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3answers
188 views

Spin in magnetic field and eigenvalues

We have some arbitrary quantum state, lets say $$\vert\Psi\rangle=\alpha_{1}\vert\uparrow\rangle+\alpha_{2}\vert\downarrow\rangle= \begin{pmatrix} \alpha_{1} \\ \alpha_{2} \\ \end{pmatrix}$$. And ...
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1answer
34 views

Do non-Gaussian states always show negativity in phase space? [closed]

According to Hudson’s theorem, any pure quantum state with a positive Wigner function is necessarily a Gaussian state. In cases, in which the existing well-known Hudson theorem immediately tells that ...
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1answer
53 views

QM: Why is there a minus sign on the Energy operator when using complex conjugate?

I understand how they get the first equation. But I have no idea why there is a minus sign on the second equation: This is from a derivation for the probability density current found here: ...
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46 views

What makes Bell's original inequality unsuitable for experiments?

Bell derives the inequality $$|E(\vec{a},\vec{b})-E(\vec{a},\vec{c})|\leq 1+E(\vec{b},\vec{c})$$ in his book Speakable and unspeakable in quantum mechanics. In this derivation he uses the assumption ...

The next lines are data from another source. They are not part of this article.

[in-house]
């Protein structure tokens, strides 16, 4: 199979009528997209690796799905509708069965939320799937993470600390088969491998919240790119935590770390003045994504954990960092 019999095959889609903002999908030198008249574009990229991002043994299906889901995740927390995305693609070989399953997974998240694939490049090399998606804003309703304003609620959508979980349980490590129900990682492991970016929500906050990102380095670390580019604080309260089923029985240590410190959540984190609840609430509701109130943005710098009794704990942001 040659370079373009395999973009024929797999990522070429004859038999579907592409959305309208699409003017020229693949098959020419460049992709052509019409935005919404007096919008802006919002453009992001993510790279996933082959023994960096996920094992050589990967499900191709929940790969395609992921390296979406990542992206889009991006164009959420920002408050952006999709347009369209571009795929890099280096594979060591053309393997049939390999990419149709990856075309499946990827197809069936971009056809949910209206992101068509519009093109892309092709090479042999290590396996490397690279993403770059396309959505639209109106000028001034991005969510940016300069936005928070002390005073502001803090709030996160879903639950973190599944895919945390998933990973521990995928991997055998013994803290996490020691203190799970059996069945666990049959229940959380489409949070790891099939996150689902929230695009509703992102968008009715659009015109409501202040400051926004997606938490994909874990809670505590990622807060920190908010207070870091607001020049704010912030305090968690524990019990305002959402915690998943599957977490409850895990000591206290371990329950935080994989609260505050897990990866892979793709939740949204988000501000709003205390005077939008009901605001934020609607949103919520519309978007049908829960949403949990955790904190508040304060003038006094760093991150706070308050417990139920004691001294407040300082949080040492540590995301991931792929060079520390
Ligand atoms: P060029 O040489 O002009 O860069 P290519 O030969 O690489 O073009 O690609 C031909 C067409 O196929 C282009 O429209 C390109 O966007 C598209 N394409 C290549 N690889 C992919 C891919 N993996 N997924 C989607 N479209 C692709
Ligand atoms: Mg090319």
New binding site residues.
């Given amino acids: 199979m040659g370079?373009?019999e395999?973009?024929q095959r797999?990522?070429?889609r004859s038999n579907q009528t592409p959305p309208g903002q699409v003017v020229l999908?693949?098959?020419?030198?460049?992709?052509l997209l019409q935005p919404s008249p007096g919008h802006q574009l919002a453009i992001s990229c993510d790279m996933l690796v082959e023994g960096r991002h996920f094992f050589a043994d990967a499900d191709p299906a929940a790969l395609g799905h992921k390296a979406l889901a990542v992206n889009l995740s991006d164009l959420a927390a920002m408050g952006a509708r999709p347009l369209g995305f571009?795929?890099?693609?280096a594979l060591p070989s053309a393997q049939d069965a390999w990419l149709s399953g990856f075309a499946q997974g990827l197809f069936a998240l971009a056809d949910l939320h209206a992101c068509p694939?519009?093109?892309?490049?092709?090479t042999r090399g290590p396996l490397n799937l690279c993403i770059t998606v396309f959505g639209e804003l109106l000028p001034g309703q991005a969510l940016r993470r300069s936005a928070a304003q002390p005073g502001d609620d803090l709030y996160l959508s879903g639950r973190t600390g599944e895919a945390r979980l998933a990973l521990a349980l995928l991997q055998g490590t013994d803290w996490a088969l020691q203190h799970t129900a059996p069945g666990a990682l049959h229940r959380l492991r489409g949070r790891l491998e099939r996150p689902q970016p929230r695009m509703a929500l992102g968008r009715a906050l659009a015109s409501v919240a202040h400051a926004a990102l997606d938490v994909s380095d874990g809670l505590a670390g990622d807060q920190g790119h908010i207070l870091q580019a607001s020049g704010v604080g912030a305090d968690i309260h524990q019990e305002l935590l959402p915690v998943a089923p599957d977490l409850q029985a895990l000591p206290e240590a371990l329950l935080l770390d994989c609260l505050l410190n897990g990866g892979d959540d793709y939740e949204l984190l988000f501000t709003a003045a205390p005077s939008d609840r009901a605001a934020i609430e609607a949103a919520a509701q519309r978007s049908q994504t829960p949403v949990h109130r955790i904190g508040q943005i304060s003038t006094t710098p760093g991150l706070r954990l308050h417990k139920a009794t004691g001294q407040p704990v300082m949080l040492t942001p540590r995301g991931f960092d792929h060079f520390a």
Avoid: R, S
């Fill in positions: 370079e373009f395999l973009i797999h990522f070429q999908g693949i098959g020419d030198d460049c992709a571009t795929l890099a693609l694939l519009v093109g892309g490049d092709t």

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Given the quantum Zeno effect, won't continual observations of a photon stop/slow down light?

The quantum Zeno effect states that continual observations will prevent motion. Therefore, won't continual observations of a photon(s) reduce the speed of light? Is my reasoning flawed?
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1answer
32 views

Velocity of electrons during transition to different energy

I was watching a documentary of quantum mechanics (this video). They said something about quantum leap, jumping of electrons from one energy state to other. I want to ask how electrons travel though ...
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0answers
30 views

How to calculate the ground states' Berry phases with doubly degeneracy, such as that due to the particle-hole symmetry or time reversal symmetry?

Suppose the ground states of a system are doubly degenerate due to an anti-unitary symmetry $K$, which are $|\psi>$ and $|K\psi>$. If the system is an one-dimensional Fermion system and ...
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1answer
52 views

What sort of operations can be applied on a Hilbert spaces?

I was reading the paper No Universal Flipper for Quantum States. In this paper they have tried to prove by contradiction that a universal flipping machine cannot exist. By flipping I mean if I have a ...